Subsequently Hill was somewhat out of humour with government and remiss in his attendance.9 Apart from a backhanded attack on Catholic extremism in the debate on Orange extremism, which he also deprecated, 4 July 1815, he evidently took no part in debate between 1813 and 1816. In the latter year, apart from his exposure of subversion at the Belfast Academy, 10 May, and his usual opposition to Catholic relief, against which he was teller, 21 May, he was chairman of the committee on the bill to prevent illicit distillation, which he championed in debate, 22 May, the only northern Irish Member to do so. Commending him for this and noting his disappointment at not obtaining a new secretaryship to the Treasury of which Castlereagh and Vansittart had given him hopes, the chief secretary proposed to humour Hill with local patronage. Then in December 1816, when the Irish treasury was consolidated with the English, he was awarded and reluctantly accepted the vice-treasurership. He insisted on being an English privy councillor as well.10

Hill, who again voted against Catholic relief, 9 May 1817, was prominent in debates on Ireland henceforward. He opposed Newport’s motion of inquiry into the state of Ireland, 20 June 1817. On 13 and 30 June he felt obliged to oppose the Irish grand jury bill then proposed, and while he favoured its introduction in May 1818 he was still not happy about it: the amended bill of February 1819 had his approval. That month he was named to the finance committee. He had supported the Irish assessed taxes, though unpopular, 13 May 1818, and on 30 May 1818 and 7 May 1819 was the advocate of the retention of the district fines scheme to prevent illicit distillation. He doubted the utility or propriety of legislation to safeguard child factory labour in Ireland, 27 Apr. 1819. He presented an anti-Catholic petition from Derry with satisfaction, 3 May 1819, but was out of sympathy with his constituents’ appeal against the window tax which he had presented the night after. Hill died 8 Mar. 1839.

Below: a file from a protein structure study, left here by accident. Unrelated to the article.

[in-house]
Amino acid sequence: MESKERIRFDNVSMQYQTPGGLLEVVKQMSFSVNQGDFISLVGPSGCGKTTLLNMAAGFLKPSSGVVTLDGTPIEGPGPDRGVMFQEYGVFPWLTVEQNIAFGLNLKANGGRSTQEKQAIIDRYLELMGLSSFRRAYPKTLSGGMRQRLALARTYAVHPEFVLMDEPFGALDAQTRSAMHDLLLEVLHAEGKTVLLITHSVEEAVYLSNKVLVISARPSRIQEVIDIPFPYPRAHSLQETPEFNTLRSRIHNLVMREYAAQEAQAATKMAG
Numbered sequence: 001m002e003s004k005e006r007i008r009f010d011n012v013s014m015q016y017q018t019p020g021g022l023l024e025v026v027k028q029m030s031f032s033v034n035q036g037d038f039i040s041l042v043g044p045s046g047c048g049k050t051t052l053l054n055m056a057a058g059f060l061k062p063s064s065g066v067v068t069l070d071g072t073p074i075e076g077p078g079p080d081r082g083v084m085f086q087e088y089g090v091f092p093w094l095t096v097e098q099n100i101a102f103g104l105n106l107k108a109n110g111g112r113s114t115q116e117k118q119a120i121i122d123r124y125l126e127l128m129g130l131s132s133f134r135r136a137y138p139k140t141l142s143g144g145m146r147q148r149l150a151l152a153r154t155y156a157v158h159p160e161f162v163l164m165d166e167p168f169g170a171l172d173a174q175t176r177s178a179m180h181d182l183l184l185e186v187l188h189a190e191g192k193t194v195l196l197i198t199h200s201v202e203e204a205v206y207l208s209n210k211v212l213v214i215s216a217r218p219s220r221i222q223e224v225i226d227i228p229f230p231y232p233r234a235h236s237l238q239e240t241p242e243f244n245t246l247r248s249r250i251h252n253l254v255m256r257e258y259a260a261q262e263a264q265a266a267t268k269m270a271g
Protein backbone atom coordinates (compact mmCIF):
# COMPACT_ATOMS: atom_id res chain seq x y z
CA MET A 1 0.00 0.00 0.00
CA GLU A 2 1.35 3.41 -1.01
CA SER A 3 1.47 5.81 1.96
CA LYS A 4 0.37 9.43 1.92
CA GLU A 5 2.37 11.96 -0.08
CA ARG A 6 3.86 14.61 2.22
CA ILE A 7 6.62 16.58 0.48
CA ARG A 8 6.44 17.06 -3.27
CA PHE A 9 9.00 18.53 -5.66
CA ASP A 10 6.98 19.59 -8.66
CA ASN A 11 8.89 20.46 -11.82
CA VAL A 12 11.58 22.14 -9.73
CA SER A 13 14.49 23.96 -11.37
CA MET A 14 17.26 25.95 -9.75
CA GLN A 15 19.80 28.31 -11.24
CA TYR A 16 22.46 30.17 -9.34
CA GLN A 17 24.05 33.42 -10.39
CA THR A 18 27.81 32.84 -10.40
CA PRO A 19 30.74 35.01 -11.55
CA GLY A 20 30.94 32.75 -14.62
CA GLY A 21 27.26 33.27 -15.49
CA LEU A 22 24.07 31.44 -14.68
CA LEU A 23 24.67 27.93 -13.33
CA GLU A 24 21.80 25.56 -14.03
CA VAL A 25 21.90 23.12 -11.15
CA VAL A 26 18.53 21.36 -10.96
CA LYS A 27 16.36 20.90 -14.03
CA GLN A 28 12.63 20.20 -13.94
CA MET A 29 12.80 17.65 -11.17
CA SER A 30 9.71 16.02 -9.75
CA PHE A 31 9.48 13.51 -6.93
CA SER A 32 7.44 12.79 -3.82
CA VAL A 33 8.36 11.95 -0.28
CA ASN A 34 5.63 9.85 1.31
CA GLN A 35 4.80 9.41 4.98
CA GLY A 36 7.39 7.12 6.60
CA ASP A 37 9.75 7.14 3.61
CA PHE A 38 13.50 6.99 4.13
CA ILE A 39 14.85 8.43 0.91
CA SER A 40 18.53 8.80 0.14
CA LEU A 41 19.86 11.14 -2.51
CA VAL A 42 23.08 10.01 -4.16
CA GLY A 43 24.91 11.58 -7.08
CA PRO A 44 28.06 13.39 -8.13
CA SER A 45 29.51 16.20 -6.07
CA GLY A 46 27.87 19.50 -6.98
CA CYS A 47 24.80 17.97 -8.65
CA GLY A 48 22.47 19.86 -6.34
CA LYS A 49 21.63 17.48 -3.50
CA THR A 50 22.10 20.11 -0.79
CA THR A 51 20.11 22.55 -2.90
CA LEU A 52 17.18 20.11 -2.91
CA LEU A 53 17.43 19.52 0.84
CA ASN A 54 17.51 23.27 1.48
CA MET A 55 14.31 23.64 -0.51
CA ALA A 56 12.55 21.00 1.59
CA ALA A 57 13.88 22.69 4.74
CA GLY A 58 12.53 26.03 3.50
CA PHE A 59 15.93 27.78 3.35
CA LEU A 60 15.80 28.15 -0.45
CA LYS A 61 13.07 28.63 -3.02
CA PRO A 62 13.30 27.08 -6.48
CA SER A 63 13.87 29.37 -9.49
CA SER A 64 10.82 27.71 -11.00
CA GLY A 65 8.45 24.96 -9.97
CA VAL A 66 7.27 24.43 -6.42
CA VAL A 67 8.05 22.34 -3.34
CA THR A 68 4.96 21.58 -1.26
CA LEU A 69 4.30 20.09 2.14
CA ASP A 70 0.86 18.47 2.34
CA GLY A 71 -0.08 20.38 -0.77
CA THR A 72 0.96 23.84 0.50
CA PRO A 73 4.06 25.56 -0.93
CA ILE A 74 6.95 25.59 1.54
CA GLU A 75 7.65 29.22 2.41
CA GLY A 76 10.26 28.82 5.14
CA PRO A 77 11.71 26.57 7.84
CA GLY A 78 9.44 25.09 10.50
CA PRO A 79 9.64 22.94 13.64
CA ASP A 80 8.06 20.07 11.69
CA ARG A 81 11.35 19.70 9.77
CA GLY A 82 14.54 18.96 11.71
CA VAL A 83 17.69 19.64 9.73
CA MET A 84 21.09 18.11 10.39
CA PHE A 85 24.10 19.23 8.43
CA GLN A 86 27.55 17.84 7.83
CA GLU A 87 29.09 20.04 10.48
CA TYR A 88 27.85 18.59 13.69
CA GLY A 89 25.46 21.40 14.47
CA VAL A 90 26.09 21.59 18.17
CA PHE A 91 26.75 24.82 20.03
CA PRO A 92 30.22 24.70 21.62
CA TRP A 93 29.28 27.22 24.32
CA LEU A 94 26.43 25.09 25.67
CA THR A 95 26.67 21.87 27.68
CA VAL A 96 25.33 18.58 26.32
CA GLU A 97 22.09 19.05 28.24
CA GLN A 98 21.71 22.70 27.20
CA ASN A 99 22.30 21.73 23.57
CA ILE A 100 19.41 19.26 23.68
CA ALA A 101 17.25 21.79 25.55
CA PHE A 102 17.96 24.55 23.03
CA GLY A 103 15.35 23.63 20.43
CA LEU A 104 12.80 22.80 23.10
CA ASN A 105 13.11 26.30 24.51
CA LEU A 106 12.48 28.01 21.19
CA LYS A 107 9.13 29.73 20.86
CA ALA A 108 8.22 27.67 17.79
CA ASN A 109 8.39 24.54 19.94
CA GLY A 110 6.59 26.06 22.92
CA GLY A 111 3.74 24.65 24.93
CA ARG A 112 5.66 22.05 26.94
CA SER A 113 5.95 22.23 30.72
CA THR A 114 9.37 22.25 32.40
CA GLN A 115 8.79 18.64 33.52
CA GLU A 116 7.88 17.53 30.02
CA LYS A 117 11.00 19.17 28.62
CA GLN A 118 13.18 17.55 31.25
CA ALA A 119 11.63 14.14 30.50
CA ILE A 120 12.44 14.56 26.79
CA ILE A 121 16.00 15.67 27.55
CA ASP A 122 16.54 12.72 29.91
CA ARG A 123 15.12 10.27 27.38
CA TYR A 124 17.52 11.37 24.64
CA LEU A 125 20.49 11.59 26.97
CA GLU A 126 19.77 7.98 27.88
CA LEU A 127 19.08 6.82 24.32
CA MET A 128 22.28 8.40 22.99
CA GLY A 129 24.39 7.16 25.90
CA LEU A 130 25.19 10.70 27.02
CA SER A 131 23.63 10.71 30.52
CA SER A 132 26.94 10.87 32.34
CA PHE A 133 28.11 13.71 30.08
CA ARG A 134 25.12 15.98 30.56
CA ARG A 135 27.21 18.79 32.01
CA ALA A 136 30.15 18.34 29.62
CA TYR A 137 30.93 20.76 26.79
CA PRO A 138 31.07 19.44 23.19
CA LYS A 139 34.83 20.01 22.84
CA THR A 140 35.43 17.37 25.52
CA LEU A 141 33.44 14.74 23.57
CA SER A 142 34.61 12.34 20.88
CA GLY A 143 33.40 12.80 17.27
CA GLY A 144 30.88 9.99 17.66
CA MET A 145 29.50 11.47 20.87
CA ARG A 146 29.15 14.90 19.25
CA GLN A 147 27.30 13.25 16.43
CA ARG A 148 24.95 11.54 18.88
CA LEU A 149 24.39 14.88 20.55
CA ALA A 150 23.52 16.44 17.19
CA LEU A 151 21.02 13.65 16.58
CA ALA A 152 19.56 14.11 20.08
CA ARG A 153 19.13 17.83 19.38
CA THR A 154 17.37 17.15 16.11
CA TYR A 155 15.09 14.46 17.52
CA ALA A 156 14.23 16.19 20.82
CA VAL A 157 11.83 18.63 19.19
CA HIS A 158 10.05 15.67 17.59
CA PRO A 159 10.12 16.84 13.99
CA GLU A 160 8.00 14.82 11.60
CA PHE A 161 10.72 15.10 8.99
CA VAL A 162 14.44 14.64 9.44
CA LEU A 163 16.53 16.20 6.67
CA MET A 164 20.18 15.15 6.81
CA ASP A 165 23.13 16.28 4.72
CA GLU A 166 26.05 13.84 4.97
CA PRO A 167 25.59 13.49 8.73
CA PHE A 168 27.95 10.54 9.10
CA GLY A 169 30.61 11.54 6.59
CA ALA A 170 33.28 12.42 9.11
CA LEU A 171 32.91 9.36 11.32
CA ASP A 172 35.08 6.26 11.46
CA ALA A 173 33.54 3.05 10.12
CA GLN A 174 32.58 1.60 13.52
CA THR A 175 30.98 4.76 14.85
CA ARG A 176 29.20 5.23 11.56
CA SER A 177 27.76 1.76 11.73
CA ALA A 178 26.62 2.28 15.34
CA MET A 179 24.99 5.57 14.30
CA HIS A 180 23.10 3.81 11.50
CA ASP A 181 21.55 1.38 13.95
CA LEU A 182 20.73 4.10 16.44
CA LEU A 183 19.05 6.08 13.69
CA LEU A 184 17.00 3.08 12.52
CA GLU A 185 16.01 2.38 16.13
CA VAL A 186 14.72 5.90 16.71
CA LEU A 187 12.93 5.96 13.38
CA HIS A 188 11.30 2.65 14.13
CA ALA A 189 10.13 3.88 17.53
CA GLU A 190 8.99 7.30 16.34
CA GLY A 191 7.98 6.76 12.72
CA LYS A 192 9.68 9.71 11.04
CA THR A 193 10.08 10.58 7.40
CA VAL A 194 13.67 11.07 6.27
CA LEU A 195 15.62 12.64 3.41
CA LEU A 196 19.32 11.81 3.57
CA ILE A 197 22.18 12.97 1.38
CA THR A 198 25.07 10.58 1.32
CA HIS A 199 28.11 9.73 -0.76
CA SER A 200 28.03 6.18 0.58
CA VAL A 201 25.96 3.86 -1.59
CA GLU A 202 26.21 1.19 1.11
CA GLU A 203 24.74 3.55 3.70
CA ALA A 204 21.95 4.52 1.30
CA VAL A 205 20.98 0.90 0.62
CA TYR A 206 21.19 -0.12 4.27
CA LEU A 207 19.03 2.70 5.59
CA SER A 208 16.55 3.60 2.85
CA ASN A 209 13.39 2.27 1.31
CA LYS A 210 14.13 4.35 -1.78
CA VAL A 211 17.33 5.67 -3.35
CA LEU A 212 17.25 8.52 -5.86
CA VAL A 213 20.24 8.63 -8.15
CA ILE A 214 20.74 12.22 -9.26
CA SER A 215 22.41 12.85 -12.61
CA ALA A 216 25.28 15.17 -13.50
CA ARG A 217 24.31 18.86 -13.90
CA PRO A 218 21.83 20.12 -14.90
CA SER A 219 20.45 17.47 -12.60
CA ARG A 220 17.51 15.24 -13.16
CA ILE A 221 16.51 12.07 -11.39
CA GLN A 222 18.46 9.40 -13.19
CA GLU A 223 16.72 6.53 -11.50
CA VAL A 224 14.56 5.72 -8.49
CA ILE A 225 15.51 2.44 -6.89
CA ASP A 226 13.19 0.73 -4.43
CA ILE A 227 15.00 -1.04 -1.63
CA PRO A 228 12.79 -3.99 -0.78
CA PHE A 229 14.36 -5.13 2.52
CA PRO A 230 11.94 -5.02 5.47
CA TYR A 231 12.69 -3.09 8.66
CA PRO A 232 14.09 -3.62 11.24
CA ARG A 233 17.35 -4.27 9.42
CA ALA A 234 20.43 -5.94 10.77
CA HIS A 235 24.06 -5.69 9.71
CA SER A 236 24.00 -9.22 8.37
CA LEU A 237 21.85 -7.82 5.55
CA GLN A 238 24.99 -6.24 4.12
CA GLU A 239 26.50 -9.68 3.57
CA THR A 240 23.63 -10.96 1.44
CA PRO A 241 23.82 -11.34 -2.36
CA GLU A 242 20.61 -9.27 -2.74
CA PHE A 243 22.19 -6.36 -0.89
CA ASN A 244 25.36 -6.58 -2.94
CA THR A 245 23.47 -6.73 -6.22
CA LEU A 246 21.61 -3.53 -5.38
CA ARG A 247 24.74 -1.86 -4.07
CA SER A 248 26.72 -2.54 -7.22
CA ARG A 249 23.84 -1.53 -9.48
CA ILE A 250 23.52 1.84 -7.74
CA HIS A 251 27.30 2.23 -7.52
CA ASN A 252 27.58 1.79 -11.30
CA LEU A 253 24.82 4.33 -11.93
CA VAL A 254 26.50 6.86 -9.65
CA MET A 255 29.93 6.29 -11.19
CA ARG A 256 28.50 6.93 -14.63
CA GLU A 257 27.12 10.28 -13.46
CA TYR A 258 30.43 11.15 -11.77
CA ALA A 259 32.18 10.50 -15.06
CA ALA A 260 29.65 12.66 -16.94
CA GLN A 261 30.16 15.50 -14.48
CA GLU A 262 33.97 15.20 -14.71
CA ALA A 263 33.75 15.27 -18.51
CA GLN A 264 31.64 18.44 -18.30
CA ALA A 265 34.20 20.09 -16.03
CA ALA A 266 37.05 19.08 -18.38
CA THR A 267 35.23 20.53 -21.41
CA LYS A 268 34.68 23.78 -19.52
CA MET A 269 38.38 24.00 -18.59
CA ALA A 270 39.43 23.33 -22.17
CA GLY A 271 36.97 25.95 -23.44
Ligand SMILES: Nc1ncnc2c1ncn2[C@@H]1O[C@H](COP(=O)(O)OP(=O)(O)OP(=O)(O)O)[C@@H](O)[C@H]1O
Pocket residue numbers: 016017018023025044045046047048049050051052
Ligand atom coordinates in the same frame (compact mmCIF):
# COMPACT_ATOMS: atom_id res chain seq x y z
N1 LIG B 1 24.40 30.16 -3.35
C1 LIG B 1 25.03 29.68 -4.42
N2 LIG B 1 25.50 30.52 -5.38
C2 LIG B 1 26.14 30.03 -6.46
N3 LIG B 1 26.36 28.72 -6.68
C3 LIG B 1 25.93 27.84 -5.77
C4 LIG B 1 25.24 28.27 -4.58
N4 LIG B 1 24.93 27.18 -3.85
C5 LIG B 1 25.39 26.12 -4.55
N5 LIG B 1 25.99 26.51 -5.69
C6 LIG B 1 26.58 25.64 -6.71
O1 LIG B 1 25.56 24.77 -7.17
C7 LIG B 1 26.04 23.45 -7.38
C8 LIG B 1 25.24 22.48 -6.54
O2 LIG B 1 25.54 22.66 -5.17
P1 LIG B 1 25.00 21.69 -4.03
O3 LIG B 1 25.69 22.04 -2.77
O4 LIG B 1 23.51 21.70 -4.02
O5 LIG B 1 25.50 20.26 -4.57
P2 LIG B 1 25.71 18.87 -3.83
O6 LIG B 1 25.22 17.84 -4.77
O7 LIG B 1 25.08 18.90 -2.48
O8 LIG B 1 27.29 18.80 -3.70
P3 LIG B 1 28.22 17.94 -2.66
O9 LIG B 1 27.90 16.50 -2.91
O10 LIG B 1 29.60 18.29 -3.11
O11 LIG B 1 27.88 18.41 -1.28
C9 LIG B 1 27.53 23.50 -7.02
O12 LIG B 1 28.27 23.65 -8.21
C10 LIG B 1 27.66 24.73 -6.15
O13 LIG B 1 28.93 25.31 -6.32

Ref Volumes: 1790-1820

Author: P. J. Jupp


  • 1. Add. 33119, f. 30; 40298, f. 29; J. Wilson, Biog. Index (1806), 280.
  • 2. Add. 35771, f. 197.
  • 3. Add. 40373, f. 175.
  • 4. Corresp. Rt. Hon. J. Beresford, ii. 288; Add. 35713, f. 33.
  • 5. HMC Fortescue, viii. 229, 232, 235, 237, 238, 430, 432; Wickham mss 5/15, Hill to Wickham, 4 Nov. 1802.
  • 6. Wilson (1808), 369; Wellington Supp. Despatches, v. 19, 293; Wellington mss, Hill to Wellesley, 3 Jan., Wellesley to Duke of Richmond, 7 Jan. 1808; NLI, Richmond mss 72/1493.
  • 7. Richmond mss 64/727, 728.
  • 8. O’Connell Corresp. ii. 627.
  • 9. Add. 40283, f. 93; 40288, ff. 47, 204; 40290, ff. 48, 52.
  • 10. Add. 40181, f. 83; 40212, ff. 185, 201; 40291, f. 69; 40292, f. 215. Hill’s official pprs. are at PRO NI, DOD642.